Navigation Links
NIH awards UCI $10 million to study early-life origins of adolescent mental disorders
Date:6/11/2013

Irvine, Calif., June 11, 2013 With $10 million in new federal funding, UC Irvine researchers will study how maternal signals and care before and after birth may increase an infant's vulnerability to adolescent cognitive and emotional problems, such as risky behaviors, addiction and depression.

Led by child neurologist and neuroscientist Dr. Tallie Z. Baram, the UC Irvine team has received a five-year Silvio O. Conte Center grant from the National Institute of Mental Health, which is part of the National Institutes of Health. The funding program brings together researchers with diverse expertise to gain new knowledge and improve the diagnosis and treatment of mental health disorders.

The grant will support the creation of the Conte Center on Brain Programming in Mental Disorders at UC Irvine.

"We appreciate that the National Institute of Mental Health strategic plan recognizes that most neuropsychiatric disorders have origins early in life," said Baram, the Danette "Dee Dee" Shepard Chair in Neurological Studies. "This complex problem requires a multidisciplinary approach that involves both animal and human research. Investigators at UC Irvine have distinguished themselves in this area, and we believe that with the Conte Center funding, we can make major contributions to our understanding of this issue."

A large body of work has suggested that signals conveyed by a mother during fetal growth and the first few years after birth influence a baby's development and cognitive and emotional functioning. The UC Irvine team suspects that the patterns or rhythms of maternal signals, rather than their general quantity or quality, are key.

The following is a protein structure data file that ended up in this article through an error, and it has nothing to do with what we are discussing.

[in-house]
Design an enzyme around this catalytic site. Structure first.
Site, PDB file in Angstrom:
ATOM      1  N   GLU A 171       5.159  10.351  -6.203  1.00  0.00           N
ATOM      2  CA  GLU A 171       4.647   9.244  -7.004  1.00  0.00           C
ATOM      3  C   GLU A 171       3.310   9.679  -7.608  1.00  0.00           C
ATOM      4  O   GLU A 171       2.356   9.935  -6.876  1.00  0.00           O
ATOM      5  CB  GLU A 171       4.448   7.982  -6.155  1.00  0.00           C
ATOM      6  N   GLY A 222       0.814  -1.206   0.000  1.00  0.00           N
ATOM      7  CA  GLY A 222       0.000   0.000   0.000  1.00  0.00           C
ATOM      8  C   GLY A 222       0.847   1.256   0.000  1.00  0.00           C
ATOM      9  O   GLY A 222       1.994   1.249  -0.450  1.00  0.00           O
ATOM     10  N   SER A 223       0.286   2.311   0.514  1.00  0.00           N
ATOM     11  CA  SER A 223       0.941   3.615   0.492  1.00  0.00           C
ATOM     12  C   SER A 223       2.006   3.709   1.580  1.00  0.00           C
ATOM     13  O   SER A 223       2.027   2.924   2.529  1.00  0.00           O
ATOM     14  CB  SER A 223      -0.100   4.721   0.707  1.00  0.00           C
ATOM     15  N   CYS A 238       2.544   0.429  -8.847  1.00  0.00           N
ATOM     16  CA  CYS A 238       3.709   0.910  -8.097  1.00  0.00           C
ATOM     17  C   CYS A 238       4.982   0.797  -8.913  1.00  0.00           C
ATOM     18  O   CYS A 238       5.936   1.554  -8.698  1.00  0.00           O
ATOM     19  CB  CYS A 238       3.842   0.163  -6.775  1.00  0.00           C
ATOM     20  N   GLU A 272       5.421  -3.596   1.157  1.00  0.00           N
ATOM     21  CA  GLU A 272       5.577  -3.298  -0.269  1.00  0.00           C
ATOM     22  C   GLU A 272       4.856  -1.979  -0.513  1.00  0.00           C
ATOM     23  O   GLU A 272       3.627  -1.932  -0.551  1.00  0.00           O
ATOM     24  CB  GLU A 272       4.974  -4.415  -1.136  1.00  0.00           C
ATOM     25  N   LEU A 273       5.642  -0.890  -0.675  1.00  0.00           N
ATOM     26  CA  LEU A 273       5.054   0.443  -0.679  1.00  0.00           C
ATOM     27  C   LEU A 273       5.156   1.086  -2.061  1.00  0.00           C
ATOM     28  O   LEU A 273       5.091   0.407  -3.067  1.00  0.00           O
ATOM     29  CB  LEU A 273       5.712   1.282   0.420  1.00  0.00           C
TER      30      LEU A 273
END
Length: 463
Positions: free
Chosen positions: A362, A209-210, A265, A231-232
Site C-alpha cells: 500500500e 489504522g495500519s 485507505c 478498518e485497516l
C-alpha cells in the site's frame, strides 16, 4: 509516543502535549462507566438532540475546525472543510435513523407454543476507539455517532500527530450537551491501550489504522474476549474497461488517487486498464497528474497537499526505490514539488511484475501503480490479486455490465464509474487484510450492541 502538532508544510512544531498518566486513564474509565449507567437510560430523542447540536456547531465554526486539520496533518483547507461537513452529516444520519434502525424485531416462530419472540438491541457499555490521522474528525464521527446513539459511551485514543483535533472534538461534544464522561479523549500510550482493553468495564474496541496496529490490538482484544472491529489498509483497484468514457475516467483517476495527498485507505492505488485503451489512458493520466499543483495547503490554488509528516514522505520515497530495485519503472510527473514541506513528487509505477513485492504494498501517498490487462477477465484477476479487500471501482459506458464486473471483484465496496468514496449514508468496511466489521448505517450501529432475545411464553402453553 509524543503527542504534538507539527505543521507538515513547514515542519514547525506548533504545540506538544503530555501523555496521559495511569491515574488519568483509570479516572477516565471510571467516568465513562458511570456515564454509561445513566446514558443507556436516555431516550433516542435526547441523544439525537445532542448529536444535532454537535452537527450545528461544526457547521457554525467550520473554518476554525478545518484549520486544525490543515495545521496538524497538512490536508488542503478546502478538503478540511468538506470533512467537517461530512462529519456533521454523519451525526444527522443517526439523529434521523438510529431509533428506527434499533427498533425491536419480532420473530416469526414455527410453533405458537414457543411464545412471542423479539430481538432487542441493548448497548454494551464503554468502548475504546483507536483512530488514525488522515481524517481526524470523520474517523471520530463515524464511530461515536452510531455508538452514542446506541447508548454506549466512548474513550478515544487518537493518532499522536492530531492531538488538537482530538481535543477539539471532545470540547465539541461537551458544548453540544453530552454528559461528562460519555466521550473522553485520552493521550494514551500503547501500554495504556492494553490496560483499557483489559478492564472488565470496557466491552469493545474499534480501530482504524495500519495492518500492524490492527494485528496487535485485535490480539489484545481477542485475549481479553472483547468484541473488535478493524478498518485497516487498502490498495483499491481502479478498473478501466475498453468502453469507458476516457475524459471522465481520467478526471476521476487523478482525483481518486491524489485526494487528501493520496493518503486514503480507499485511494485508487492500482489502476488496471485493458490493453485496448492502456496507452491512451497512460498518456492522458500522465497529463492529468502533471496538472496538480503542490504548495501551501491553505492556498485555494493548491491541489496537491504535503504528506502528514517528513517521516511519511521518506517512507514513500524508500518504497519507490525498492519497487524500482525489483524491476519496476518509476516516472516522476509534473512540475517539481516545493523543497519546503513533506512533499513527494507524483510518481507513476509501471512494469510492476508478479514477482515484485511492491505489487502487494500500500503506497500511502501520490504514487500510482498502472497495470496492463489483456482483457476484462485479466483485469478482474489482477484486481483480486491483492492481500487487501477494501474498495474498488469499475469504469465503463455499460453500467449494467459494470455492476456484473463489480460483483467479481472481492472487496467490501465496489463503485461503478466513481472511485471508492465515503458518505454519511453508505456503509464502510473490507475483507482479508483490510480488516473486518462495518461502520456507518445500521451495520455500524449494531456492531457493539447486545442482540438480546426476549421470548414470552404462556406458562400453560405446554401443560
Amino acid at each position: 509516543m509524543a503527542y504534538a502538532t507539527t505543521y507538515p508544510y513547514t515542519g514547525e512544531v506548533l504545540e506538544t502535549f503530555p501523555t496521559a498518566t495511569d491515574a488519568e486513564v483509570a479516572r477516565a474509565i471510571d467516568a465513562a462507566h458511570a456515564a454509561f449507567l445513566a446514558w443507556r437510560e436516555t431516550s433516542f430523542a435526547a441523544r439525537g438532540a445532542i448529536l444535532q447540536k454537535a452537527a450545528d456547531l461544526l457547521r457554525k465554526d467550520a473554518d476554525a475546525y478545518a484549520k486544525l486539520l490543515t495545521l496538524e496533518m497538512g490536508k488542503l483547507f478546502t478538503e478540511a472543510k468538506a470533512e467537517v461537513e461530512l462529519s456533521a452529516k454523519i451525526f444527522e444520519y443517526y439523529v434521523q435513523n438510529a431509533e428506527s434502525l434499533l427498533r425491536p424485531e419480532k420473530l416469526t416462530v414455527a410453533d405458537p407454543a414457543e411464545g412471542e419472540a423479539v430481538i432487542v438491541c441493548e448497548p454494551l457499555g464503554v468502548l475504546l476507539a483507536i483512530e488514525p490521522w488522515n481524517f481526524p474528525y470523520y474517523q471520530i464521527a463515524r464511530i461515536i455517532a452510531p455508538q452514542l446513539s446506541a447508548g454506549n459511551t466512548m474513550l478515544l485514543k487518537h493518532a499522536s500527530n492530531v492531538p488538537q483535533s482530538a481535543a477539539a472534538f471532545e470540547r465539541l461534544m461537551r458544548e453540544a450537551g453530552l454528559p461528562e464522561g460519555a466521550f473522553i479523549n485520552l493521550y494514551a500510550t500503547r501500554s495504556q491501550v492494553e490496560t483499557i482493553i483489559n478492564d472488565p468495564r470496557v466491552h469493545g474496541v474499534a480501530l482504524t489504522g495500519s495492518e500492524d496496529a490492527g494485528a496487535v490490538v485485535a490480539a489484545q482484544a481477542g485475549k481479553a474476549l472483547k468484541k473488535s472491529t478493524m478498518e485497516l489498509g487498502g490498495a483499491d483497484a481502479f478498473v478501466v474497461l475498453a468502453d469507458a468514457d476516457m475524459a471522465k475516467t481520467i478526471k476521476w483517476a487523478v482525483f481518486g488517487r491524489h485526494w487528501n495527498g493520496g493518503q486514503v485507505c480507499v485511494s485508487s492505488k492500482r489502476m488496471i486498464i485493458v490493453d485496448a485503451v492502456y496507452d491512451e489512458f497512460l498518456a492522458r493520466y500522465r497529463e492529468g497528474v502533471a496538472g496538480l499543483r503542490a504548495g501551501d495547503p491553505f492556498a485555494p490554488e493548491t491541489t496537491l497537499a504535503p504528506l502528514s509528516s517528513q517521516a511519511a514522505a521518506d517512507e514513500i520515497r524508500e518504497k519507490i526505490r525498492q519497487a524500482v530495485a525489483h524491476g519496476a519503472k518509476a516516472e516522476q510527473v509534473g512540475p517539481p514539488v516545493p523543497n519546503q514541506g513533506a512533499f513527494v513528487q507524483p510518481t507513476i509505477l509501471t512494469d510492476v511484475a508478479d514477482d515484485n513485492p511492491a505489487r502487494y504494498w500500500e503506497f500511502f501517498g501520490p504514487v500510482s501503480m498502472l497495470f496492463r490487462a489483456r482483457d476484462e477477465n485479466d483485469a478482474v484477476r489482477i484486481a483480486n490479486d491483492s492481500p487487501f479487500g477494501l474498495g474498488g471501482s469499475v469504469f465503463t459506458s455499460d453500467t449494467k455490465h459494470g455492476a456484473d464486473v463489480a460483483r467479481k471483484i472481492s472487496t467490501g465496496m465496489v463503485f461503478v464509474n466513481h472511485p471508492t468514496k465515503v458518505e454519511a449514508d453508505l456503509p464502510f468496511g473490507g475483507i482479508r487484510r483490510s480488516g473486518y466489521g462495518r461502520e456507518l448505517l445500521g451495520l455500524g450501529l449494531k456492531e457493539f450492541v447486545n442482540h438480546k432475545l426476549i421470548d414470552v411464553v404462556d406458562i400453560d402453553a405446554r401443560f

In neurobiology, it's well known that patterns of signals influence the function of single neurons. Recent research at UC Irvine suggests that patterns also matter on a "macro" scale of the entire brain. Specifically, animal studies have shown that consistent and predictable maternal signals enhance cognitive and emotional development. In contrast, fragmented and unpredictable maternal care might have the opposite effect. Additionally, a study that tracked a cohort of mothers during pregnancy and then with their babies for a few years seemed to confirm this idea.

To connect these discoveries and their impact on adolescent cognitive behaviors, UC Irvine's Conte Center on Brain Programming in Mental Disorders will combine neurobiological and molecular research with animals, behavioral research with children, and neuroimaging and computational statistical analyses. Its goal is to create a comprehensive picture of maternal influences, childhood cognitive and emotional development, and brain structure to help identify children who may be vulnerable to adolescent mental health disorders and to help establish more effective treatments.

Center collaborators include the following:

  • Baram will investigate in rodent models how brain cells recognize patterns of maternal signals and how this influences the cellular machinery to change the expression of important genes throughout life.

  • Dr. Curt Sandman, professor emeritus of psychiatry & human behavior, and Elysia Poggi Davis, associate professor of psychiatry & human behavior, will examine the effect of frequent changes in maternal mood, including anxiety and depression, on the fetus during pregnancy. They will also track mothers and their infants after birth to determine whether inconsistency between fetal and neonatal maternal signals contributes significantly to later emotional and cognitive development. Davis will gauge stability in the patterns and sequences of maternal care in infancy and childhood and the impact of these patterns on brain structure and cognitive and emotional vulnerabilities during adolescence.